Animal, Mineral, Vegetarian

Today’s answer is to PittChick‘s questions:

“How long have you been a vegetarian? How will you feel if your children opt to try animal products one day?”

I stopped eating red meat when I was 18 years old. I just didn’t like it anymore. I wasn’t that picky an eater growing up — I ate everything, with the exception of lima beans (still true, except for the meat thing). But at some point, I just started disliking the taste and/or texture of red meat.

I became a complete vegetarian in college. Part of that was the cafeteria experience — the food they served in the cafeteria was atrocious. To this day, I cannot get cucumbers from a salad bar because of the Towers Cafeteria. The other part of my decision to go totally veg was a persuasion class I took. We had to give a persuasive speech as part of our grade, and I decided to do mine on vegetarianism. Afterwards, I couldn’t condone eating any animals, not just cows. (It’s less about animal rights, and more about environmental conservation.)

I fully expect my children to try meat some day. We joke about how our kids won’t sneak cigarettes or booze; they’ll sneak McDonalds. On a serious note, though, when and if my girls decide to try meat, I hope they do it with the full knowledge of why I brought them up as vegetarians.

I also hope that they won’t try McDonalds; that if/when they decide to try meat or become meat eaters, they will be conscientious ones. To wit, they will steer clear of mass-produced, factory farmed animals, and choose instead to get hormone-free, locally raised beef, chicken, etc. We already do a lot of organic produce and dairy at home, so they are on that path, now, too. When I buy meat or fish for my husband or guests, I tend to look for the organic and hormone-free options.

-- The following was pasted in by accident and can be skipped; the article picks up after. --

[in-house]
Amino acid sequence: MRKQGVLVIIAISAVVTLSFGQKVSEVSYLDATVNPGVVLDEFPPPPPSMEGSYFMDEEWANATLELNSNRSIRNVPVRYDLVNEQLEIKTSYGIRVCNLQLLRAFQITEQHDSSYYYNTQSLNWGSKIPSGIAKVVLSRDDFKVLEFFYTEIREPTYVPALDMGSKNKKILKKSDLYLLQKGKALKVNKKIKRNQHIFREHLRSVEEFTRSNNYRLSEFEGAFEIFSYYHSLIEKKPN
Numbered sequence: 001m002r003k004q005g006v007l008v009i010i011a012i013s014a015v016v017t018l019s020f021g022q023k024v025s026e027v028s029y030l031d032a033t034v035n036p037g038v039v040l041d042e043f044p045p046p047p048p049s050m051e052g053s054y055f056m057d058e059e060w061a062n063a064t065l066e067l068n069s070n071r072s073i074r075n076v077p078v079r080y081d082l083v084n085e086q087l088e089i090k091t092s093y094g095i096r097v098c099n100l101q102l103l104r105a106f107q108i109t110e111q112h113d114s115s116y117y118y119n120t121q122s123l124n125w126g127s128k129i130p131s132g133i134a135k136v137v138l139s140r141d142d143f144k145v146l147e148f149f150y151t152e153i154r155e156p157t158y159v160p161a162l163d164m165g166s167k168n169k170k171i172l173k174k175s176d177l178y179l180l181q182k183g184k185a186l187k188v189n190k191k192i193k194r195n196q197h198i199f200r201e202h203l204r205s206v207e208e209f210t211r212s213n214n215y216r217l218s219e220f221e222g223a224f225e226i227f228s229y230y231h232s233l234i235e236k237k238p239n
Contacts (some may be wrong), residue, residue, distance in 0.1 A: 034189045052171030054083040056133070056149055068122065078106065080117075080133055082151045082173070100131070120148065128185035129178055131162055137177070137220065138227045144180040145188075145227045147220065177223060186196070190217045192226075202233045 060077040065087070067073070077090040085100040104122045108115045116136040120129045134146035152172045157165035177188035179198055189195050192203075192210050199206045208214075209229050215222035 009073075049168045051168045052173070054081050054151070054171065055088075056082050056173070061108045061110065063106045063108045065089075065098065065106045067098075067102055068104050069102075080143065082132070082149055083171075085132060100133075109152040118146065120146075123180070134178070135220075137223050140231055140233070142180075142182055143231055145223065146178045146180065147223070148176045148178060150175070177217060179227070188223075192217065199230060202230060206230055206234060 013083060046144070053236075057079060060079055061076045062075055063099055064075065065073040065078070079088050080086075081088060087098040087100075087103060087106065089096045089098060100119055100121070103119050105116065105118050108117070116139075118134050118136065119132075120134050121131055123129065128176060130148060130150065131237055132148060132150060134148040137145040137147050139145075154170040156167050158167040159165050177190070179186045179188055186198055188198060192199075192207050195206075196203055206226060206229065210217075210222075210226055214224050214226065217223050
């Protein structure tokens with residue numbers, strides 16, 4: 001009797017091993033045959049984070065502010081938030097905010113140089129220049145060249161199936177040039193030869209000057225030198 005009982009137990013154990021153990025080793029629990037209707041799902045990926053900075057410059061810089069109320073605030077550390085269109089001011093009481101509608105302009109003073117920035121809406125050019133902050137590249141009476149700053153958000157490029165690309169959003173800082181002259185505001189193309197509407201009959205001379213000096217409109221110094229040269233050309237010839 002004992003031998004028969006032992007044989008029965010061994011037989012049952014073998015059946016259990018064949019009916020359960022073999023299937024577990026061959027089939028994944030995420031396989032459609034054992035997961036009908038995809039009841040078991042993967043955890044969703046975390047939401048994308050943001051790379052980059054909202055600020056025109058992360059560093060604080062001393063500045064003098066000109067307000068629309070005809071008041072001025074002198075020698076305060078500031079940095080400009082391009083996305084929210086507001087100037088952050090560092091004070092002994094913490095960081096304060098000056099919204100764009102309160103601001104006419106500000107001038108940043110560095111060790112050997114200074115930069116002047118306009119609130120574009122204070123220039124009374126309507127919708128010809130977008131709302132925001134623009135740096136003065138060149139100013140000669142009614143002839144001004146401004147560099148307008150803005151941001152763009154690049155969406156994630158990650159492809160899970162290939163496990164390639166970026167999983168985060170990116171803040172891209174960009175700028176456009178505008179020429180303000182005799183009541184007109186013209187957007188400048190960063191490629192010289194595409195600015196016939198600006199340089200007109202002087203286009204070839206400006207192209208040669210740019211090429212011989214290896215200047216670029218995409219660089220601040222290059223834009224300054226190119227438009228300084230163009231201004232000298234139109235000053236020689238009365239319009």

I think factory farming is incredibly destructive to the environment. (And kind of gross, too.) I worry about a lot of stuff that we pump into our food meat and our dairy cows. I am trying to make choices about my children’s health that are also good for the environment. If I’m going to help them live for a long time, I’d like them to have a nice world in which to live.

I think the best, most cogent (and entertaining take) I have read on this subject is Michael Pollan’s The Omnivore’s Dilemma. My review on it is here.

Got a question for me? You can leave it in the comments here, or shoot me an email.

3 thoughts on “Animal, Mineral, Vegetarian

  1. My best friend was raised not eating meat. They consumed fish/seafood, and were vegetarians for the same reason as you: environmental, and also because of the fact that the grain we feed animals could feed WAY more people than the meat we get from those animals.

    She started eating chicken in college, and basically hides this fact from them. She drinks and smokes in front of them, so you are certainly right about your girls not hiding that but the meat 😉 Makes me laugh.

    As you know, I LOVED Ominvore’s, and really would go veggie if Zach would. ::sigh::

    • Re: your friend. See? I know that’s exactly what’s going to happen. (Not that I’ll be terribly happy to see either of my girls with a cigarette. It’s a terrible addiction; I know.)

      And, yes, that second point about how much grain can go to feed people, that is another huge reason for my vegetarianism.

      I was a vegetarian for so long before Dan & I got together. He eats vegetarian a lot when he is eating what I am cooking. But I do cook chicken or fish for him occasionally; twice I’ve done steak! And when we have omnivores as guests, I feel it’s polite to cook meat. As I mentioned, I just try to choose local/hormone-free/organic meat.

      Omnivore is a GREAT book. I didn’t do so well with his nutrition book, though.

  2. My hubby and I make the same joke — that our vegan daughter will sneak McDonald’s instead of cigarettes — how funny! All this time, I thought it was *our* joke.

    A couple months ago, walking down the street, my daughter (who’s 4) spied a McDonald’s ad. Her response? “Mama, Mama — look at those yummy veggie burgers!”

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